Beyond the Westington Cup, there's also a challenge mode, which is basically all of the unlocked races from the WC mode in single, bite-sized bits, and split-screen and online multiplayer. Granted, during our time spent with this game, absolutely no one was playing online, so that feature might be less useful than intended. And the frame rate during split-screen races--actually, even in single-player races--isn't very stable, making it kind of a chore to play this way. Ford vs. Chevy also tries to throw a mediocre car customization mode at you. The game boasts a number of real licensed parts, but it can be intensely difficult to figure out which upgrades are actually beneficial to your car, and which ones are purely decorative, since the interface does a poor job of indicating as such. There are also multiple brands for each upgrade type, and there's no indication as to which one, if any, will have the most impact on your car, leaving you to assume that the most expensive parts must be, by default, the best ones.
Whereas Chevrolet stands for 'Can Hear Every Valve Rap on Long Extended Trips, or 'Cheap Hastily Engineered Vehicle Running on Luck Every Time.'
Visually, Ford vs. Chevy measures up to most other budget-priced racers. The car models are decent, though light on detail, and as mentioned before, the damage effects are cheesy as all get out. Most of the racing environments are just kind of repetitive backwoods landscapes, with occasional dives into desert-esque areas and urban environments. Technically, the game mostly holds its own, apart from the aforementioned frame rate issues, which become especially bad any time you drive through an area with heavy forest cover. The audio is decidedly more grating. The engine noises and other assorted racing sound effects are good enough, but the soundtrack consists of the most irritatingly generic rock music you've ever heard in your life, and each race is peppered with insipid commentary from a pair of dingbats that supposedly each represent Ford and Chevy respectively. They'll prattle on about each other's biases, yet never provide a single iota of relevant commentary during a race, to the point where you wonder why they're even there in the first place.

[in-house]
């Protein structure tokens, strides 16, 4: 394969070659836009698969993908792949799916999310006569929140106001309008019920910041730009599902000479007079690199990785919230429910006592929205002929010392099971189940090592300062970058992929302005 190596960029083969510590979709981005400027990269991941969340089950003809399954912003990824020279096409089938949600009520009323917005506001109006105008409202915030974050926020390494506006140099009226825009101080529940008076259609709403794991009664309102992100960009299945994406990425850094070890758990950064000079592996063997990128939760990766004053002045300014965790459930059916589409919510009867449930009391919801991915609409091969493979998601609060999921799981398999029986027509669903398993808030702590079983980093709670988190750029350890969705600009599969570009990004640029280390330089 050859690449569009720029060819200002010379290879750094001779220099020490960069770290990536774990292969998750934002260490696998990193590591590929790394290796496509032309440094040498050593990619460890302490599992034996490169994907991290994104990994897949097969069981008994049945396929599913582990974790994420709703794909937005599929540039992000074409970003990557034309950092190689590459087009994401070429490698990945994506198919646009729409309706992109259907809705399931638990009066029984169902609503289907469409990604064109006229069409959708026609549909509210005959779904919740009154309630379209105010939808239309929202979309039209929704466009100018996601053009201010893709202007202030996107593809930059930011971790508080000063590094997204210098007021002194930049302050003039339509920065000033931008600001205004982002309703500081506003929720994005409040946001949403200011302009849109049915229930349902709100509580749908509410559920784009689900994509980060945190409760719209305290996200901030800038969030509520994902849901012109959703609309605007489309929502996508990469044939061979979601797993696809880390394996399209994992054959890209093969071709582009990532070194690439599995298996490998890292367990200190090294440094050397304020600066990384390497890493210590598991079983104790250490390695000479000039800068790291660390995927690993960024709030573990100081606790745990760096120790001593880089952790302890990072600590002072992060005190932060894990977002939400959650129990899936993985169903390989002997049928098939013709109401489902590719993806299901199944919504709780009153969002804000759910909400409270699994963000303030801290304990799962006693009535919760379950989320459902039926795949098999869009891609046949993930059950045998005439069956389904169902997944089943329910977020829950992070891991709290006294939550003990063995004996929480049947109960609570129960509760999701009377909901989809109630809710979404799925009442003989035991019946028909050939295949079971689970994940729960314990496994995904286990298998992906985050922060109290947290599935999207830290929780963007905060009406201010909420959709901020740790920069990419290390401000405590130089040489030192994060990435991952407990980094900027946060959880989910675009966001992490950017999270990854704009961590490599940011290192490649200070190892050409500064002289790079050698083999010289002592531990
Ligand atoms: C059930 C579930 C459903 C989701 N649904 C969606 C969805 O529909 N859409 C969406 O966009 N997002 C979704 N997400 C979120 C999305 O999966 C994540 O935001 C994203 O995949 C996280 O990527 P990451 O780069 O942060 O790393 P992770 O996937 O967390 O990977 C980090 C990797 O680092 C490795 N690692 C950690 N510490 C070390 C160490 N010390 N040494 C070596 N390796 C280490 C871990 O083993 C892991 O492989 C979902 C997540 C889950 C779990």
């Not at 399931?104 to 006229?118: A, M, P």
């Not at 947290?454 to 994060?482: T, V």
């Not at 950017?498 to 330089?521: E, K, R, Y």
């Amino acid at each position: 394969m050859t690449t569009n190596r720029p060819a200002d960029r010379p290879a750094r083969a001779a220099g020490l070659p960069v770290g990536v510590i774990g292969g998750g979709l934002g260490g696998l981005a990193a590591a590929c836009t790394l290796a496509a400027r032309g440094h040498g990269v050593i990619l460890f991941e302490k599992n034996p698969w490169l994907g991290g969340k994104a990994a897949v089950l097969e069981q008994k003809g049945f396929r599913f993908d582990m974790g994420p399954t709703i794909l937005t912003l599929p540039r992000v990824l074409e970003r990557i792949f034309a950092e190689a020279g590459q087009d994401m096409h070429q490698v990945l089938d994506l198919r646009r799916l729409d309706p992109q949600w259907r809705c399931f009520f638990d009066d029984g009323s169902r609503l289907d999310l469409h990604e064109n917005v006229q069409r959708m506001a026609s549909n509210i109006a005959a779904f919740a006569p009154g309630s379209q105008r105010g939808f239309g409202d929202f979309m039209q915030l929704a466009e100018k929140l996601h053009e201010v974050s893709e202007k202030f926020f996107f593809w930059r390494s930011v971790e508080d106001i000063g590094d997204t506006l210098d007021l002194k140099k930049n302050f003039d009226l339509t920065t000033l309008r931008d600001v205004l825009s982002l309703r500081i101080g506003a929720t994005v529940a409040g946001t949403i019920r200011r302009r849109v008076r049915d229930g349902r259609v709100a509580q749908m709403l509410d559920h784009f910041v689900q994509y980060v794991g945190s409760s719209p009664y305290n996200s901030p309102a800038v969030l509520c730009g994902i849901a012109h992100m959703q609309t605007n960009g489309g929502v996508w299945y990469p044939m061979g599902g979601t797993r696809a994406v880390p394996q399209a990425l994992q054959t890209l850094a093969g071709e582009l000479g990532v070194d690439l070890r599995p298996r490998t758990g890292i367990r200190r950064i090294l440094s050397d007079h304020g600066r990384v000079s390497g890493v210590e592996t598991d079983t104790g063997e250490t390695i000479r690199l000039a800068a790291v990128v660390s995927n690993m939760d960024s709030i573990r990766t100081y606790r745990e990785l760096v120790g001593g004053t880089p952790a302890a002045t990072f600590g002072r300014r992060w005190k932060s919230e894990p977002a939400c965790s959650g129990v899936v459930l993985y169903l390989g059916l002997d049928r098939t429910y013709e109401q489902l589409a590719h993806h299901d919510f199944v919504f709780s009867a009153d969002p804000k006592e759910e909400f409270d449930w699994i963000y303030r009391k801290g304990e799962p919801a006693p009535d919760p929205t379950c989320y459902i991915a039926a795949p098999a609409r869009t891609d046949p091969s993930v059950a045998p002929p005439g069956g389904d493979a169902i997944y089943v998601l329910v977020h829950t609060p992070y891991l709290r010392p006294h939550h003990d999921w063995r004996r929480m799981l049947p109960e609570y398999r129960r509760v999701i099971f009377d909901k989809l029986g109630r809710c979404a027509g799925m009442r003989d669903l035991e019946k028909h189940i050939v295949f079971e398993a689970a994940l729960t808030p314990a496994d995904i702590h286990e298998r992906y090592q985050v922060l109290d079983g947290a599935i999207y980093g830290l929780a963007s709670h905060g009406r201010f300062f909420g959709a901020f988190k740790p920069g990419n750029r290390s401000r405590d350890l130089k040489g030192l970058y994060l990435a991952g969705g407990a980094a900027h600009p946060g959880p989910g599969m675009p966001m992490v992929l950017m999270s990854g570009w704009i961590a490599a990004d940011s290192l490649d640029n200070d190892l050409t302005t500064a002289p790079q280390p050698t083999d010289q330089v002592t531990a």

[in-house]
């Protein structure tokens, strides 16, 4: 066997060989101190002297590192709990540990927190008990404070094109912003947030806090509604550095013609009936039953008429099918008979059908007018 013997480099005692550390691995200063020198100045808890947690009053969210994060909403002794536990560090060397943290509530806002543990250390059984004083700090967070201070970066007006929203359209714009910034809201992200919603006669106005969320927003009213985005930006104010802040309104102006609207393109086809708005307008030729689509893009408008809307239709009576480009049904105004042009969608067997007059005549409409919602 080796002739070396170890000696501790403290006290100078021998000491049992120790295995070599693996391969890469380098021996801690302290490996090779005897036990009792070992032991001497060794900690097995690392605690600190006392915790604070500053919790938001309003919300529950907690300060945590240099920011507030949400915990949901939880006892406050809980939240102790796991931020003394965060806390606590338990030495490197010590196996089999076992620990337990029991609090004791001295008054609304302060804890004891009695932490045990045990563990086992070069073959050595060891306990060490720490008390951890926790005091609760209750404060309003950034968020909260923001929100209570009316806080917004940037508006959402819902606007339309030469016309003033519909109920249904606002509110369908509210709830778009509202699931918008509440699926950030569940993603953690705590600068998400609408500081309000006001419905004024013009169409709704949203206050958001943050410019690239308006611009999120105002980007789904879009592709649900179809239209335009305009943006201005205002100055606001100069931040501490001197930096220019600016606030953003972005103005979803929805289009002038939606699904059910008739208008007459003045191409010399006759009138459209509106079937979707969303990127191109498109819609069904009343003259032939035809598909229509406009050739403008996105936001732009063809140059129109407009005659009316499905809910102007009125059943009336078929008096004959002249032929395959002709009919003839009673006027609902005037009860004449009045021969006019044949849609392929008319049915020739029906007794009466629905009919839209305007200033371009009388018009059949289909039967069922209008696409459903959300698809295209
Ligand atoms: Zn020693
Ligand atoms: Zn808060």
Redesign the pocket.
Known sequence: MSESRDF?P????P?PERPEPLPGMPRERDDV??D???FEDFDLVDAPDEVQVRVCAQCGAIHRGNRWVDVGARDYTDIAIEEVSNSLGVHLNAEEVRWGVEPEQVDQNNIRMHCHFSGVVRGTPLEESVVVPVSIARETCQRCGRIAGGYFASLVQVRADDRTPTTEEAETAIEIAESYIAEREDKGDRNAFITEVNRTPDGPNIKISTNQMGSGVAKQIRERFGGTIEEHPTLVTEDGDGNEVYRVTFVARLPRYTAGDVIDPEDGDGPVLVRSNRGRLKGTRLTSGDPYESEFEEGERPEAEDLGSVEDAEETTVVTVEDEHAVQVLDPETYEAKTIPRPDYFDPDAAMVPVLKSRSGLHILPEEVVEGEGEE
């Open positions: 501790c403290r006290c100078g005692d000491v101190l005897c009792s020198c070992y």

In the war between Ford and Chevy, there truly are no winners--only losers. The brands themselves lose out by having their names slapped on this uninspired budget racer, and the people who buy this game lose their money and whatever chunks of their life they spend playing this game. It's all well and good that the game features a decent variety of Ford and Chevrolet vehicles, but many of those same vehicles are found in vastly superior racing games--just without the cheeky concept of pitting the two brands against one another because...well, just because.